Technology Firms, Environmental Groups Launch Green-computer Initiative

Internet search giant Google and computer chip maker Intel, along with a coalition of technology companies and environmental groups, launched an initiative to make the world's computers more energy-efficient.

Under the Climate Savers Computing Initiative, announced on June 12, the coalition will seek the establishment of aggressive new targets for energy-efficient computers and components, and promote the adoption of energy-efficient computers and power-management tools worldwide.

"Today, the average desktop PC wastes nearly half of its power, and the average server wastes one-third of its power," said Urs Holzle, senior vice president, operations, Google Inc. "The Climate Savers Computing Initiative is setting a new 90 percent efficiency target for power supplies, which if achieved, will reduce greenhouse gas emissions by 54 million tons per year -- and save more than $5.5 billion in energy costs."

Holzle stated that the coalition is asking businesses and people throughout the world to help the initiative to institute better power management of their computing equipment and purchase energy-efficient computers.

Initial companies that intend to participate in the initiative represent both the demand and supply side of the computer industry, including computer manufacturers and chip makers, as well as environmental groups, energy companies, retailers, government agencies and more. The group will formalize its membership in the coming weeks.

"By 2010, the Climate Savers Computing Initiative will cut greenhouse-gas emissions in an amount equal to removing more than 11 million cars from the road or shutting down 20 500-megawatt coal-fired power plants -- a significant step in reducing the emissions affecting our planet," said Pat Gelsinger, senior vice president and general manager of Intel's Digital Enterprise Group.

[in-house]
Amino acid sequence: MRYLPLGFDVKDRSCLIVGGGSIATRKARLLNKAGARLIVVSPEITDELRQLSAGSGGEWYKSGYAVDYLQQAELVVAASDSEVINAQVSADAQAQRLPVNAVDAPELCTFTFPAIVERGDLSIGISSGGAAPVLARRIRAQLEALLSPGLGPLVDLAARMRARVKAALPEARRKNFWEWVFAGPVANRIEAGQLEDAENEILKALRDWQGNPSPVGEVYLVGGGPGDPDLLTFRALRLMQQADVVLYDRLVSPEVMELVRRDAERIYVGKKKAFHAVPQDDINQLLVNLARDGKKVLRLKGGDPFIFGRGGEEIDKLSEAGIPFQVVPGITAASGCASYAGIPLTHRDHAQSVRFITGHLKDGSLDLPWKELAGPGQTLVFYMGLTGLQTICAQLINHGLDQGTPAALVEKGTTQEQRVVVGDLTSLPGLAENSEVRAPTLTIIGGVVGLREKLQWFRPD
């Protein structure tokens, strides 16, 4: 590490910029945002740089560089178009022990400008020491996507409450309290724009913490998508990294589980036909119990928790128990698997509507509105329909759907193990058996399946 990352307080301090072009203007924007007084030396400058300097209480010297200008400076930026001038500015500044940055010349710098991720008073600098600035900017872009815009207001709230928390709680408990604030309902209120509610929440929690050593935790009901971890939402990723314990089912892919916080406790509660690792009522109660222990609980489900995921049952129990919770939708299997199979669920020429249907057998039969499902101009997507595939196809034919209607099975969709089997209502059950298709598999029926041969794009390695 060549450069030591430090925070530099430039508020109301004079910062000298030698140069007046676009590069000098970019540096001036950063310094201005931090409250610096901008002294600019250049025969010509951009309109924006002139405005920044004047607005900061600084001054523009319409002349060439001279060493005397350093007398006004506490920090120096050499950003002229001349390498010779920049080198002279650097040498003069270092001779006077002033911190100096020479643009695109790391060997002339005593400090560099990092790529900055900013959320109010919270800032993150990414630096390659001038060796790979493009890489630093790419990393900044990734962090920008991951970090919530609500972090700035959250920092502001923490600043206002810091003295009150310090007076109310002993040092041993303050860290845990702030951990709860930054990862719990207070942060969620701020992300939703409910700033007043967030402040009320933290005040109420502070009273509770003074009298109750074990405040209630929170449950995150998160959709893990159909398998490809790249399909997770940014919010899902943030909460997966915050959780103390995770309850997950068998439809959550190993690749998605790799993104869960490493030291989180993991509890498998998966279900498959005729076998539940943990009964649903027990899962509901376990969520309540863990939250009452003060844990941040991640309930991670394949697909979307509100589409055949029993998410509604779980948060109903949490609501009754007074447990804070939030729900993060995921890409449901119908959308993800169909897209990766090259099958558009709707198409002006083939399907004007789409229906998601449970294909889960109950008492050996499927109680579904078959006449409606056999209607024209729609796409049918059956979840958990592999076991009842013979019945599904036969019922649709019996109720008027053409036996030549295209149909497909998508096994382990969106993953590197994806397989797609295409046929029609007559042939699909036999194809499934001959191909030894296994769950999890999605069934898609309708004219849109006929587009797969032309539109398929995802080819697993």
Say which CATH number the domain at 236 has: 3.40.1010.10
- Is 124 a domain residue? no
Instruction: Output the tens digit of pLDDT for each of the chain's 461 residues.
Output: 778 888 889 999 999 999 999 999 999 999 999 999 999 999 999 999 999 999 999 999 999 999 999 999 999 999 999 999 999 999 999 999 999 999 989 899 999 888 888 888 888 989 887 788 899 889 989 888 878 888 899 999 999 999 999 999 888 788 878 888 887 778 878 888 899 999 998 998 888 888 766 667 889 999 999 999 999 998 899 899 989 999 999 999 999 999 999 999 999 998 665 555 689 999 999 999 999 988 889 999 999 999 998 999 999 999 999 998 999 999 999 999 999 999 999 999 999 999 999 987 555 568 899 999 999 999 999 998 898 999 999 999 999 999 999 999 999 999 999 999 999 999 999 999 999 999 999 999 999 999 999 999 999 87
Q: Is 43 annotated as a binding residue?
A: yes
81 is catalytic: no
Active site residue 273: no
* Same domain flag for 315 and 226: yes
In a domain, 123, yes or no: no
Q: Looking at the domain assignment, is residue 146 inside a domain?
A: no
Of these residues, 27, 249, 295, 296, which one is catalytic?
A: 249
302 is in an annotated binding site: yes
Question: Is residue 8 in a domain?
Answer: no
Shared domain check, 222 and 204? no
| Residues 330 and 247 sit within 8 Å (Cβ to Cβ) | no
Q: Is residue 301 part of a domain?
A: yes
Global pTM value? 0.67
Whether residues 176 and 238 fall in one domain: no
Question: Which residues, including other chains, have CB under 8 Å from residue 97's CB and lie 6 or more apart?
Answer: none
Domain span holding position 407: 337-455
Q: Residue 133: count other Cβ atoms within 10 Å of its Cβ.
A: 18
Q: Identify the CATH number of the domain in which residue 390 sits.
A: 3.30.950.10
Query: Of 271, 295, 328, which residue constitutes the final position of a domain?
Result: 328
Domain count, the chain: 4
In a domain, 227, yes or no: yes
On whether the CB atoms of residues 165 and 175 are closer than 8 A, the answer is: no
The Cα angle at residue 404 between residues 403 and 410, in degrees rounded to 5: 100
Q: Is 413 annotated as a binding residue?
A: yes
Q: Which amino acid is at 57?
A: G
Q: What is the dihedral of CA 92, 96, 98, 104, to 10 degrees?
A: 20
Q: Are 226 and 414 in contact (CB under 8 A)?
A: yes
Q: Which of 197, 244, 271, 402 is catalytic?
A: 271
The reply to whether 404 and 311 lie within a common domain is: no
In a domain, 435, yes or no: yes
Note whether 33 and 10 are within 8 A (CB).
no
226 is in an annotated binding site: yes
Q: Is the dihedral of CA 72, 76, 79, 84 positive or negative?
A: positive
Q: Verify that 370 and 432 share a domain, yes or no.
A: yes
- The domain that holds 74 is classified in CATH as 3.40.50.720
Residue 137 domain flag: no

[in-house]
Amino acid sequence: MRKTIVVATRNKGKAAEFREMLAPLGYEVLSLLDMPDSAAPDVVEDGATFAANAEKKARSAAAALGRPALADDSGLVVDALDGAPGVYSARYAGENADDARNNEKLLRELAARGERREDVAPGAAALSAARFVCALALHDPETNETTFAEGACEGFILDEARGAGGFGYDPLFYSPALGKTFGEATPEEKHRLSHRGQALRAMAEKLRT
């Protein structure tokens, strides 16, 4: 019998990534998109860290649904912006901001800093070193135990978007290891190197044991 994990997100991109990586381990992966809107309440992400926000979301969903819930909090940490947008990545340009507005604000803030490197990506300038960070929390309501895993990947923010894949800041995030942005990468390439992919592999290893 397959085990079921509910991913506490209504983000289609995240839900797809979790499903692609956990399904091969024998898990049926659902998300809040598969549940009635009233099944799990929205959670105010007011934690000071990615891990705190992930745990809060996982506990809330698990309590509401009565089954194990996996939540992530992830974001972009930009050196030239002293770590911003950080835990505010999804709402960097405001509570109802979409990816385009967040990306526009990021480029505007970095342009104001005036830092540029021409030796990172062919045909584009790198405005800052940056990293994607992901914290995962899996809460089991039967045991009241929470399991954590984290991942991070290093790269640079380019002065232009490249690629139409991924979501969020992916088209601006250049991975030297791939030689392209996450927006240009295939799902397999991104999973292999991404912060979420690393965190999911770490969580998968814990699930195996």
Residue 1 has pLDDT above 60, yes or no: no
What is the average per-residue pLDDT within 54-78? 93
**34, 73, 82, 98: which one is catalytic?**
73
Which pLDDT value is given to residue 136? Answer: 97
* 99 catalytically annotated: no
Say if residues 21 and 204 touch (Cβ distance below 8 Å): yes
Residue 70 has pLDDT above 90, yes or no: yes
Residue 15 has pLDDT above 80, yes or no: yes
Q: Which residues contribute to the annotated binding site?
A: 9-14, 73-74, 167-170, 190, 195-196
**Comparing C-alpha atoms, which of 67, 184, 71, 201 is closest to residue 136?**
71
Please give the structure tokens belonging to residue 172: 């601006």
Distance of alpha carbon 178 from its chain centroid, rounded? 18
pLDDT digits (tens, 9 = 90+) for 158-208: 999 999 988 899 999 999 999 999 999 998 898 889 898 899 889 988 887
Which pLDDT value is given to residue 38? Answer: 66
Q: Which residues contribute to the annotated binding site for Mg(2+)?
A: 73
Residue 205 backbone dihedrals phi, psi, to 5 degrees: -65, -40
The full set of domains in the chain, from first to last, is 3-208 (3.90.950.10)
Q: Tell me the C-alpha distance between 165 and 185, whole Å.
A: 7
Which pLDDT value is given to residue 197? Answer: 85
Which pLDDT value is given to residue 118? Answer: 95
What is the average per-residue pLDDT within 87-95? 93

Computer and computer component manufacturers that support the initiative are committed to building energy-efficient products that meet or surpass the EPA's Energy Star guidelines. Businesses also must commit to requiring high-efficiency systems for the majority of their corporate desktop PCs and volume server purchases, and to deploy and use power management tools on desktop PCs.

Consumers also can support the Climate Savers Computing Initiative by signing up at http://www.climatesaverscomputing.org, where they will be able to pledge to purchase an initiative-certified system. The Web site also will help consumers learn how to take advantage of their existing computer's power-saving capabilities such as sleep and hibernate modes, which can reduce the amount of energy consumed by up to 60 percent.

The Climate Savers Computing Initiative licensed its name from the World Wildlife Fund (WWF) Climate Savers program, which involves several leading companies working to reduce their carbon footprint.

"This is the first time our Climate Savers program has been applied to an entire sector, engaging manufacturers, retailers, and consumers," said John Donoghue, senior vice president for the WWF. "We are pleased to join these industry leaders to provide solutions to address climate change."

The initiative's energy-efficiency benchmarks will initially follow the EPA's Energy Star guidelines; but with increasing requirements during the next several years. For example, 2007 Energy Star specifications require that PC power supplies meet at least 80 percent minimum efficiency. The initiative would require a minimum of 90 percent by 2010. For a complete description of the requirements, see http://www.climatesaverscomputing.org.

This article originally appeared in the 06/01/2007 issue of Environmental Protection.

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